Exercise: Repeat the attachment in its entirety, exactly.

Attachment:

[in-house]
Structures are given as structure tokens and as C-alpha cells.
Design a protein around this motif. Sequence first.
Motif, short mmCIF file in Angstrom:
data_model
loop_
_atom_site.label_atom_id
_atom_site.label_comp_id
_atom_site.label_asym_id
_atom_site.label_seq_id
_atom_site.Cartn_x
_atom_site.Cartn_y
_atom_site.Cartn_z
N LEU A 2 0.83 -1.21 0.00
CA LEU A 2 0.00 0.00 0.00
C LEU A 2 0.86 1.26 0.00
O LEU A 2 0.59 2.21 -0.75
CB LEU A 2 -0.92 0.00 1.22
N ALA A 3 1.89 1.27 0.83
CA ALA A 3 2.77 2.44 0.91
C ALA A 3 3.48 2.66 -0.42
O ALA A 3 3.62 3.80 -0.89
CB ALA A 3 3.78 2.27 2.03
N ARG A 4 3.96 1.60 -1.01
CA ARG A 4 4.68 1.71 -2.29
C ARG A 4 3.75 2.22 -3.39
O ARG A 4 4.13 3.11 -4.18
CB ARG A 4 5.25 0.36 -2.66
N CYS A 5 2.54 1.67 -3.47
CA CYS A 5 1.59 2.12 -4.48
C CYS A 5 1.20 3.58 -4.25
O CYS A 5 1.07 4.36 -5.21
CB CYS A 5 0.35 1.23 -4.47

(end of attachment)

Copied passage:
[in-house]
Structures are given as structure tokens and as C-alpha cells.
Design a protein around this motif. Sequence first.
Motif, short mmCIF file in Angstrom:
data_model
loop_
_atom_site.label_atom_id
_atom_site.label_comp_id
_atom_site.label_asym_id
_atom_site.label_seq_id
_atom_site.Cartn_x
_atom_site.Cartn_y
_atom_site.Cartn_z
N LEU A 2 0.83 -1.21 0.00
CA LEU A 2 0.00 0.00 0.00
C LEU A 2 0.86 1.26 0.00
O LEU A 2 0.59 2.21 -0.75
CB LEU A 2 -0.92 0.00 1.22
N ALA A 3 1.89 1.27 0.83
CA ALA A 3 2.77 2.44 0.91
C ALA A 3 3.48 2.66 -0.42
O ALA A 3 3.62 3.80 -0.89
CB ALA A 3 3.78 2.27 2.03
N ARG A 4 3.96 1.60 -1.01
CA ARG A 4 4.68 1.71 -2.29
C ARG A 4 3.75 2.22 -3.39
O ARG A 4 4.13 3.11 -4.18
CB ARG A 4 5.25 0.36 -2.66
N CYS A 5 2.54 1.67 -3.47
CA CYS A 5 1.59 2.12 -4.48
C CYS A 5 1.20 3.58 -4.25
O CYS A 5 1.07 4.36 -5.21
CB CYS A 5 0.35 1.23 -4.47